A gene that keeps species apart
Nearly 150 years after Darwin published On the Origin of Species, biologists are still debating how new species emerge from old--and even the definition of species itself. Darwin demurred from offering a hard and fast definition, suggesting that such a thing was "undiscoverable."
In this issue of PLoS Biology, Daniel Barbash and colleagues identify a true speciation gene in the fruitfly Drosophila.
One of the more enduring definitions characterizes organisms as distinct reproductive units and species as groups of individuals that can interbreed and produce viable, fertile offspring. The lack of genetic exchange between species, called reproductive isolation, lies at the heart of this definition.
At the heart of reproductive isolation is a phenomenon called hybrid incompatibility, in which closely related species are capable of mating but produce inviable or sterile offspring.
The classic example of hybrid incompatibility is the male donkeyfemale horse cross, which yields a sterile mule, but many other cases have been documented among mammals, and thousands of plant crosses produce infertile offspring.
To elucidate the molecular mechanisms of reproductive isolation, biologists must first identify candidate hybrid incompatibility genes.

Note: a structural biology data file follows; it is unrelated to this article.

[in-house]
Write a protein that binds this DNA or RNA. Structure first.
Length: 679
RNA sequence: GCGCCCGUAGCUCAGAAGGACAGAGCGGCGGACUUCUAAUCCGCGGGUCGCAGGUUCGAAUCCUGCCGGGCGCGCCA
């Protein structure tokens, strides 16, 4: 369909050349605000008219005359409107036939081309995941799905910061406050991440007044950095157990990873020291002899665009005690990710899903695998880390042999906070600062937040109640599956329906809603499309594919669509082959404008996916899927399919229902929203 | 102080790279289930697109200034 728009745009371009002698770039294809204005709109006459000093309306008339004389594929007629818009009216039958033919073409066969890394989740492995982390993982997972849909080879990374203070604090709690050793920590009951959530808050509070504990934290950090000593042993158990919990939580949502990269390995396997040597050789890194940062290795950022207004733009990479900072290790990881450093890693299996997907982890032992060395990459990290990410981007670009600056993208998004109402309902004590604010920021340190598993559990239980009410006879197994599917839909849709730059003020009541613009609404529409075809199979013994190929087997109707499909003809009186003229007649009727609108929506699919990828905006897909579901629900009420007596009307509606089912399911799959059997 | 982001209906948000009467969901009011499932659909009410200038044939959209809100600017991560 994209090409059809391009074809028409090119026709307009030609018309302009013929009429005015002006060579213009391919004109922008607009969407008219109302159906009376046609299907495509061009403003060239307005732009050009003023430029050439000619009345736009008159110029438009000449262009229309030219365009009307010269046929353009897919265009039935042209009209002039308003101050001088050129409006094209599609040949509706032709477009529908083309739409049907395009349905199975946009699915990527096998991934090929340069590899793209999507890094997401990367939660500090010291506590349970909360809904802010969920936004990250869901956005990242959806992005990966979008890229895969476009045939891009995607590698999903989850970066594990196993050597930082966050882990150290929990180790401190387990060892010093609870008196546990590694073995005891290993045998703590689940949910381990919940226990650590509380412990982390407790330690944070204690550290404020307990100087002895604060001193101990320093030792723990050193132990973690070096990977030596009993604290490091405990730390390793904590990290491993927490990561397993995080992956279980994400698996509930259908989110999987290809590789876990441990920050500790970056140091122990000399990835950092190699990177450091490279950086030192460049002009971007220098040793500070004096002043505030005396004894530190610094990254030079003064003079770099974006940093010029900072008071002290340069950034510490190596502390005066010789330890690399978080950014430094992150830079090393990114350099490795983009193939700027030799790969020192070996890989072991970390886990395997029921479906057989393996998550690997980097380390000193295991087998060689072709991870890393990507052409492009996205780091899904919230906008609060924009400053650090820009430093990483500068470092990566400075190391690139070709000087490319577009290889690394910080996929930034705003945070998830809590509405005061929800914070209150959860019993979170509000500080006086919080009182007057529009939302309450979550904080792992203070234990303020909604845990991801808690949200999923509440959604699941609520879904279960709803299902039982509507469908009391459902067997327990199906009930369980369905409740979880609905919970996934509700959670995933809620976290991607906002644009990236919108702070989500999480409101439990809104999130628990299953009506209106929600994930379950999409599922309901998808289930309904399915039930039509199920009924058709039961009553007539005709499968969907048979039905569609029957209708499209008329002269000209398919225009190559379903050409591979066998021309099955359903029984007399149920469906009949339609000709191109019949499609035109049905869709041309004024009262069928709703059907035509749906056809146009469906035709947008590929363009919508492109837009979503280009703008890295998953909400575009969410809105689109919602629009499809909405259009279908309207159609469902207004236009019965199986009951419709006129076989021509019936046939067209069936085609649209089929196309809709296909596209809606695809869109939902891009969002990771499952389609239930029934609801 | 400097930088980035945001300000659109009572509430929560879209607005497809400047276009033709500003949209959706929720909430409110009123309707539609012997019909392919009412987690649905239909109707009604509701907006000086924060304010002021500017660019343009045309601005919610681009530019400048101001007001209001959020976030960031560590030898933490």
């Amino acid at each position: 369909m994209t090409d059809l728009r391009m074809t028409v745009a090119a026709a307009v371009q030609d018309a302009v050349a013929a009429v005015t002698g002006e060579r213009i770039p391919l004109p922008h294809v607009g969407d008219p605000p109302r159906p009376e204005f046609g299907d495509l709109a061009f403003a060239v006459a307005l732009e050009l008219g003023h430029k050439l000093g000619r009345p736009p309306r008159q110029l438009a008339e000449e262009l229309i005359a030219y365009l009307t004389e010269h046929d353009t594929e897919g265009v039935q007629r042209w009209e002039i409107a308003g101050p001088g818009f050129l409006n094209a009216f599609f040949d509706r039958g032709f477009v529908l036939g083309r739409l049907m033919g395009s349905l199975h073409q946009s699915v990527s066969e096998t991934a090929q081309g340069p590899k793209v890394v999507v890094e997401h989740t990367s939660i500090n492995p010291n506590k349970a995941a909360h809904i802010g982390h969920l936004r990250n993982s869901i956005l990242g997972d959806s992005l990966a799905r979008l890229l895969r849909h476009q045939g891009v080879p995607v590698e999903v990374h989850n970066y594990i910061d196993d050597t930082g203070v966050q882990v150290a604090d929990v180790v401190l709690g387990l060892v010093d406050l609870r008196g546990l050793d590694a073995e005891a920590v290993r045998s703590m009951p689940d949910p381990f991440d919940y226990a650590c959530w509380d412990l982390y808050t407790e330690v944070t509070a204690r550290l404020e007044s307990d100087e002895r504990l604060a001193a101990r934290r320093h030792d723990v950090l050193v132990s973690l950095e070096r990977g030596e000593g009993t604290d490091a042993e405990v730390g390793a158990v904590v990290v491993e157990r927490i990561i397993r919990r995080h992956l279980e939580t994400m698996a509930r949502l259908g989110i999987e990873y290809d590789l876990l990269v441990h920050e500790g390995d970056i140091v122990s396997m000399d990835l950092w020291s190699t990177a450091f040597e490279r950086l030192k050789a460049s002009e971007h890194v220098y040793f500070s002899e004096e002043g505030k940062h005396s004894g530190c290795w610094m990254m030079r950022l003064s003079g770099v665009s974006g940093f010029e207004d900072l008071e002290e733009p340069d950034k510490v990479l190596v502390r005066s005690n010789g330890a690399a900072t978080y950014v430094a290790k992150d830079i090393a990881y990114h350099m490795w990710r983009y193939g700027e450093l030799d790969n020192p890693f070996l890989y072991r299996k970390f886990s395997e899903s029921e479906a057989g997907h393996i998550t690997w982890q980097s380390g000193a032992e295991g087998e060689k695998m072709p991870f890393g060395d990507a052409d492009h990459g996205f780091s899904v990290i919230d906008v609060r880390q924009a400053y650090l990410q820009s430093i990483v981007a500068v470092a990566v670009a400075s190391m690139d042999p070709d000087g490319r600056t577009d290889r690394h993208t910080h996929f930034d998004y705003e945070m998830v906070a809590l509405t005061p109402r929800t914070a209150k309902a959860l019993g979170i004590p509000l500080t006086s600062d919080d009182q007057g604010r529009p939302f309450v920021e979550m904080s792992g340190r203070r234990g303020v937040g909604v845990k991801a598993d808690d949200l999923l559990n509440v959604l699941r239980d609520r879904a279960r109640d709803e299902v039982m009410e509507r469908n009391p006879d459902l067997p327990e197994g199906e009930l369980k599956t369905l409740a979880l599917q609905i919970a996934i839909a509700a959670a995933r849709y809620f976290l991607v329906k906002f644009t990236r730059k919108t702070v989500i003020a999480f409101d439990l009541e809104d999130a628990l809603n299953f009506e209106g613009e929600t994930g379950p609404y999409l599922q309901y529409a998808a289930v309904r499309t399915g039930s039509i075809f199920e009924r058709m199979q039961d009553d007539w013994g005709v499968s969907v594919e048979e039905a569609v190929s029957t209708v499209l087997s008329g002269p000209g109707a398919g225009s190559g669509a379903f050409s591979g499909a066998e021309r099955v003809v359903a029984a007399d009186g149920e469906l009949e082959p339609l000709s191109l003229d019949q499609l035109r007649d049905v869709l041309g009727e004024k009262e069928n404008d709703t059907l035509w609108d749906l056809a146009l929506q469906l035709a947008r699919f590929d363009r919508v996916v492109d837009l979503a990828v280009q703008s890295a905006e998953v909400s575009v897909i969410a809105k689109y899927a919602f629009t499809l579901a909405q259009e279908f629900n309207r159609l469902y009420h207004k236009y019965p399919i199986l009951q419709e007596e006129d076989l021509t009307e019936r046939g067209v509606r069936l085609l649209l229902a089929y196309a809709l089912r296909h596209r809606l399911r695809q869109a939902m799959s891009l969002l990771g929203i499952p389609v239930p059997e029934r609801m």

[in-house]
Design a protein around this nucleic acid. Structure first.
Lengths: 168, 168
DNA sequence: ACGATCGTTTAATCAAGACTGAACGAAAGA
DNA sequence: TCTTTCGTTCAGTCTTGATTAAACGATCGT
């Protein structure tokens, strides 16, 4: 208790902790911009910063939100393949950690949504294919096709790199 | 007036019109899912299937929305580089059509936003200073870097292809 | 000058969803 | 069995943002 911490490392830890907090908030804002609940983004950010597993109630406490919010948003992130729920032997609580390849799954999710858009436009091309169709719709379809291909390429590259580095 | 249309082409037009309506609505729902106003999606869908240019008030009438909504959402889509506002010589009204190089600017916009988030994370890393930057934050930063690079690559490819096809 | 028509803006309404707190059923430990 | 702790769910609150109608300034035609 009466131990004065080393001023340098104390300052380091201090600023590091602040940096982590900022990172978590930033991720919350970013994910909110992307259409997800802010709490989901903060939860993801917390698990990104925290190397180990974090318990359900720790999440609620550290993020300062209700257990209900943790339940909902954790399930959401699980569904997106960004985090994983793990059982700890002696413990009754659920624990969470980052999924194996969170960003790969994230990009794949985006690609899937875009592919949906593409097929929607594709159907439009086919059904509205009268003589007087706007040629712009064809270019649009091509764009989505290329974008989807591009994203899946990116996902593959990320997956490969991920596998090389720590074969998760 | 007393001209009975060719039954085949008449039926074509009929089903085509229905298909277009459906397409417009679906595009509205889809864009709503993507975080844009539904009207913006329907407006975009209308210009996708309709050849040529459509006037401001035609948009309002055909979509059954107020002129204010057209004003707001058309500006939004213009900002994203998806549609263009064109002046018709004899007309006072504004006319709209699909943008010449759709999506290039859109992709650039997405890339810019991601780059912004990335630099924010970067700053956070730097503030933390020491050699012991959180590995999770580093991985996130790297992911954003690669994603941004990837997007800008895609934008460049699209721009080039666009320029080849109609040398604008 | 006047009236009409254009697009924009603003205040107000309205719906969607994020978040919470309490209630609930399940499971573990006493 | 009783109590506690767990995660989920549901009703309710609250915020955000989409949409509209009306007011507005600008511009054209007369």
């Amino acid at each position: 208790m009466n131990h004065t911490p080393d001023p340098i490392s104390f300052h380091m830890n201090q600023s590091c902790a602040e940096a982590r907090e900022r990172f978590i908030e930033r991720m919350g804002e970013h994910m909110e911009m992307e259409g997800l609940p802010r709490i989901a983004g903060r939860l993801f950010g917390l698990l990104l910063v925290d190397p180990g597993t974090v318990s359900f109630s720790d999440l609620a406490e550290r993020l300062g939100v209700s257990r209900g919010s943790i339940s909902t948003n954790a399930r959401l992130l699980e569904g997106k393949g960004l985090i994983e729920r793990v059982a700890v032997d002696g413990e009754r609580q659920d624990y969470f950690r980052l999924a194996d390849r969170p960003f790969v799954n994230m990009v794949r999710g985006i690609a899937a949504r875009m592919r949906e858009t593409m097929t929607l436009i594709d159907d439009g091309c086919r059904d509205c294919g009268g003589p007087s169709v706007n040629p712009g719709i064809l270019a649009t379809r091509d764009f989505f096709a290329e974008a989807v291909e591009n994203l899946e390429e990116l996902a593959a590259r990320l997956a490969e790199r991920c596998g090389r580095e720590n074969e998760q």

Species- or lineage- specific functional divergence is an essential trait of these genes. (That is, the genes evolve different functions after the species diverge from their common ancestor.) While several such candidate genes have been identified in the fruitfly Drosophila melanogaster, none has been shown to display this functional divergence.
Now, working with D. melanogaster and its sibling species D. simulans and D. mauritiana, Daniel Barbash, Philip Awadalla, and Aaron Tarone establish the functional divergence of a candidate hybrid compatibility gene and confirm its status as a true speciation gene.
Citation: Barbash DA, Awadalla P, Tarone AM (2004) Functional divergence caused by ancient positive selection of a Drosophila hybrid incompatibility locus. PLoS Biol 2(6):e142. DOI: 10.1371/journal.pbio.0020142.
University of California, Davis
Davis, CA, U.S.A.
Susanne DeRisi | EurekAlert!
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